ell ess two said...

I'm exhausted too.

"But you *love* philosophy, right??"

I think this is part of my problem: my love for philosophy has taken a real hit through all of this. Sometimes when I look at philosophy I can't remember why I ever gave a crap about it to begin with.

Anonymous said...

Anon 11:22,

"Since winter break, I have watched every Law and Order (and spin-offs) ever made, all while lying on my sofa with deathly fatigue."

Have you been able to find seasons 6-12 of the original Law & Order on dvd somewhere?? They're not netfix-able. I'm guessing they haven't been put out yet. (Meaning I need to invest in some TNT.)

"And a growing ulcer."

What are the symptoms of an ulcer? I'm worried I might have one.

The similarities between us are uncanny. In fact, now I'm starting to worry that you are my future self, writing from two weeks from now. (Relatedly, what stocks should I buy?)

Anonymous said...

Time for a guest post from a Bangladeshi subsistence farmer.

Anonymous said...

FALSE. Your work didn't produce nothing. Next year, when you have your thesis done and hopefully a paper or two submitted for publication, you'll show up to interviews and you'll be practied and seasoned. You'll be surprised at how different being an old hand at it will be. And how much difference it can make.
Also, your blog has made many people in the profession aware for the first time of the really bad problems grad students have. That's a HUGE accomplishment.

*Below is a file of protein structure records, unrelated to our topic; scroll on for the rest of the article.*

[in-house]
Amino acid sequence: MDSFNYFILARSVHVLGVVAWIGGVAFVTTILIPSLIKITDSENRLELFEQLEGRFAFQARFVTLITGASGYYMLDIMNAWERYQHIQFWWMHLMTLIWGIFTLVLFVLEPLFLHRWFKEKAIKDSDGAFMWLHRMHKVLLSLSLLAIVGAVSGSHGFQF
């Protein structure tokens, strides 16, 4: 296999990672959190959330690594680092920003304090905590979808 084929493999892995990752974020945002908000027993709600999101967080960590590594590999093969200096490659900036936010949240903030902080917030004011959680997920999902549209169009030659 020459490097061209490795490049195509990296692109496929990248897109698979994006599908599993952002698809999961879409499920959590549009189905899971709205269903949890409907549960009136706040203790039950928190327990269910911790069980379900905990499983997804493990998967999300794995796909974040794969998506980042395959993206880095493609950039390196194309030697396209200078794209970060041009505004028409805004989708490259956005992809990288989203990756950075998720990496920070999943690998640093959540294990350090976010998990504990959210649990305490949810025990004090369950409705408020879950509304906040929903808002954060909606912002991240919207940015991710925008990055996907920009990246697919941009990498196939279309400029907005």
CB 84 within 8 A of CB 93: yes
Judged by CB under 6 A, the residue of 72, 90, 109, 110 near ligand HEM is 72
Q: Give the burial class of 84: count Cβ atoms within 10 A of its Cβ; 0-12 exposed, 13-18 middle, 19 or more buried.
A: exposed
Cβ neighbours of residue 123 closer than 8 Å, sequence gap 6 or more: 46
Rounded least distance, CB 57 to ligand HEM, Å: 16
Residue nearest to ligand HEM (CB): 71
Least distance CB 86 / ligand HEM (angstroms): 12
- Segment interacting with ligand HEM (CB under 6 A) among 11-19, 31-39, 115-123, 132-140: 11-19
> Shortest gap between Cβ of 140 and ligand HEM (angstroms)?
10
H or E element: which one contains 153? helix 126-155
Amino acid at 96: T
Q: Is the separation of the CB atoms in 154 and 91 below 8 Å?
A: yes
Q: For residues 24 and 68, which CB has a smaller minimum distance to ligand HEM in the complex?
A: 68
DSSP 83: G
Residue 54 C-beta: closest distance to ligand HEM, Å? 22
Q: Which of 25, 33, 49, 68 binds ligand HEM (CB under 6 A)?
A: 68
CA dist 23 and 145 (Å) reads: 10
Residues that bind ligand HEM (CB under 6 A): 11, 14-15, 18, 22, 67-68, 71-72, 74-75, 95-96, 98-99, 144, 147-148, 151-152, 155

So it isn't what you want? Yea, well, speaking from decades beyond yours, you will see later how important in your life these very small things are. You are actually a constructive, thoughtful person. You haven't hit a hole in one, but few do and even then it doesn't always lead to that much.

So keep on going on. You'll get there.

Anonymous said...

Give up all hope. You're doomed.

Pseudonymous Grad Student said...

Joshua --

That's a hell of a war story. Sincere props for making through.

Also, I've been banking on a tt-job healing all wounds, so I'm glad to hear that you think it will.

Anonymous said...

Anon 8:58,

TNT and TBS have kept me in Law and Order episodes in spades. I TiVo them just in case I run into a dry spell. I'm not liking the new episodes of regular L&O (SVU is continuing strong). I miss Lennie Briscoe.

Re: the ulcer. Ulcer, gastritis, GERD -- who knows? Gnawing pain in my stomach, severe pain when I eat some foods, milk helps, lying down after eating is like death, I grab my stomach and groan a lot. I think my doctor is more worried about the overall 'package' of symptoms -- and she's right. I awaken with a start from a nightmare at 5 am every morning without exception. That's bad.

Anonymous said...

I'm still a grad student, plugging away at my dissertation. Everyone else seems to be finishing but me! I've took up a particularly violent contact sport in the hope that the physical pain would override my mental anguish. So far I have bruises and several vertebrae out of place, but it hasn't helped my diss-stress (see what I did there?).

Anonymous said...

The symptoms you describe indicate that you are suffering from anxiety and possibly depression as well. You can use medications to help this. However, my opinion is, since this is due to something you have chosen and can choose to get away from (instead of let's say horrible irreversible circumstances such as terrible accidents involving your loved ones), get out of your current situation. Move on to a more lucrative profession that will not cause you such terrible negativity. You can still do philosophy in your spare time if you continue to want to do it, after you regain peace in your life.